I was recently listening to a popular Christian radio program. On that week’s edition, they were celebrating a recent book that encouraged fathers to interview any young man who wanted to date their daughter. The author was interviewed, and he discussed with the program host how any young man who wanted to take a girl out for a date should be questioned by the father, and made to promise that he (the young man) would respect the girl, knowing that some day she would be someone’s wife (possibly his own, possibly not), and that he should treat her the way he would want someone else to treat his future wife. He was also to promise not to touch the girl in any way, not kiss her, and always open the door for her. He should protect her, including her purity. It was his responsibility. The young man would need to promise all these things and more to the father before the father should permit his daughter to go out on a date with the boy.
This struck me as troublesome. First of all, it is certainly honorable and desirable for a father to show interest in caring for his daughter. Oh that more fathers would! But it seems to me that this particular message and method encourages a kind of demeaning treatment of the girl that does not foster full participation on her part, a good pattern of communication between the girl and boy, good decision-making skills for the girl, and good patterns of maturity for future adulthood for both of them. I kept thinking: where is the mother in all of this? And, why isn’t the parent talking to both the son and daughter, together, about the decisions they will make? Wouldn’t it have made a much better Christian impression and model for the young people if both mom and dad talked, together, to both young people together, showing a united desire for the young man and young woman to make wise decisions together? And how does this recognize the reality that girls, as well as boys, often initiate physical intimacy and need to understand God’s call upon their lives for purity and good decision making? And now that many young people wait to get married until well into adulthood, how will this pattern help young adults with good dating practices? (Daddy may not be around to interview your date when you are in college!)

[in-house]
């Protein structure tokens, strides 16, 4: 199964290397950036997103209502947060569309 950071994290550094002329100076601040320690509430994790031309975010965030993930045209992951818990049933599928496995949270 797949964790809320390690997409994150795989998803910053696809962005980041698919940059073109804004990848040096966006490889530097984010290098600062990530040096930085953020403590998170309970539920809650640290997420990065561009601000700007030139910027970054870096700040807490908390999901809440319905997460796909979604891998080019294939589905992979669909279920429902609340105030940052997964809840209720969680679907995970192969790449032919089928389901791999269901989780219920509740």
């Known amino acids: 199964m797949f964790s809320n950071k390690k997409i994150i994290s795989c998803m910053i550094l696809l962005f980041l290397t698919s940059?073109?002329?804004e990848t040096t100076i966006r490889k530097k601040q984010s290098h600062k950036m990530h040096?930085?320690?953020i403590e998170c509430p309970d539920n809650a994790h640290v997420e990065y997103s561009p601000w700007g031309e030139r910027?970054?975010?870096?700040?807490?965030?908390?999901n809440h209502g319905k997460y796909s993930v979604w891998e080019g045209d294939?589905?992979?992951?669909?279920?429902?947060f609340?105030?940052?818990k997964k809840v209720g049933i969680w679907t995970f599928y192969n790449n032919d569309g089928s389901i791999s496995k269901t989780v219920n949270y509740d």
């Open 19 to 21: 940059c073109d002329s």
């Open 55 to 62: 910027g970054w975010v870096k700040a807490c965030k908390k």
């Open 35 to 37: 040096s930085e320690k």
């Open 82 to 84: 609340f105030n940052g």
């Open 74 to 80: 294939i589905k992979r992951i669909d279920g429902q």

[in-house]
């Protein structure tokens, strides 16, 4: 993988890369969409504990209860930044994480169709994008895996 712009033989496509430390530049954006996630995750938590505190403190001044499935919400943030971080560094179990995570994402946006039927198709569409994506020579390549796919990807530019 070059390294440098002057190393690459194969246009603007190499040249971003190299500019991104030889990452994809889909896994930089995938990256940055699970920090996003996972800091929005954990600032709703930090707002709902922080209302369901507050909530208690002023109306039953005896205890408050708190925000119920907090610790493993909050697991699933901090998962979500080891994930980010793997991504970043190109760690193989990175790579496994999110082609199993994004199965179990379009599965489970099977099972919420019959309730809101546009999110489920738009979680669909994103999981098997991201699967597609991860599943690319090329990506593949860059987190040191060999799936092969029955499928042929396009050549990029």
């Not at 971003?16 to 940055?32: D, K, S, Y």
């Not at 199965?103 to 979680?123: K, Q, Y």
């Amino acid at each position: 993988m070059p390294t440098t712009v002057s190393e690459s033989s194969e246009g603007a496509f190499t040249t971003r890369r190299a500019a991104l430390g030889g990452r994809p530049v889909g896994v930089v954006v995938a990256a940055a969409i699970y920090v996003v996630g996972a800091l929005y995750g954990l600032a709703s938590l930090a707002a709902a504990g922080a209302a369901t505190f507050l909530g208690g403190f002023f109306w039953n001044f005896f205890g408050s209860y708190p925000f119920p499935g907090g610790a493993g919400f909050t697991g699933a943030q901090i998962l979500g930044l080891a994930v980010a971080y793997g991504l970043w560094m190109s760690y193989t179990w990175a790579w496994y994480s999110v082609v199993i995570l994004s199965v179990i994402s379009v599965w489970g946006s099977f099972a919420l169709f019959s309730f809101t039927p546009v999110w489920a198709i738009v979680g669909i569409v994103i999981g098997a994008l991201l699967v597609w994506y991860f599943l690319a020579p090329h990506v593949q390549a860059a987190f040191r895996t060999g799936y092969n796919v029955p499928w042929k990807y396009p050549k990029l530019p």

Surely there is a better way to encourage purity and wise choices for young people, that encourages both girls and boys to take responsibility for their actions and to be able to communicate clearly with one another and encourages both mothers and fathers, when possible, to work together in providing good advice and examples for their kids, both daughters and sons.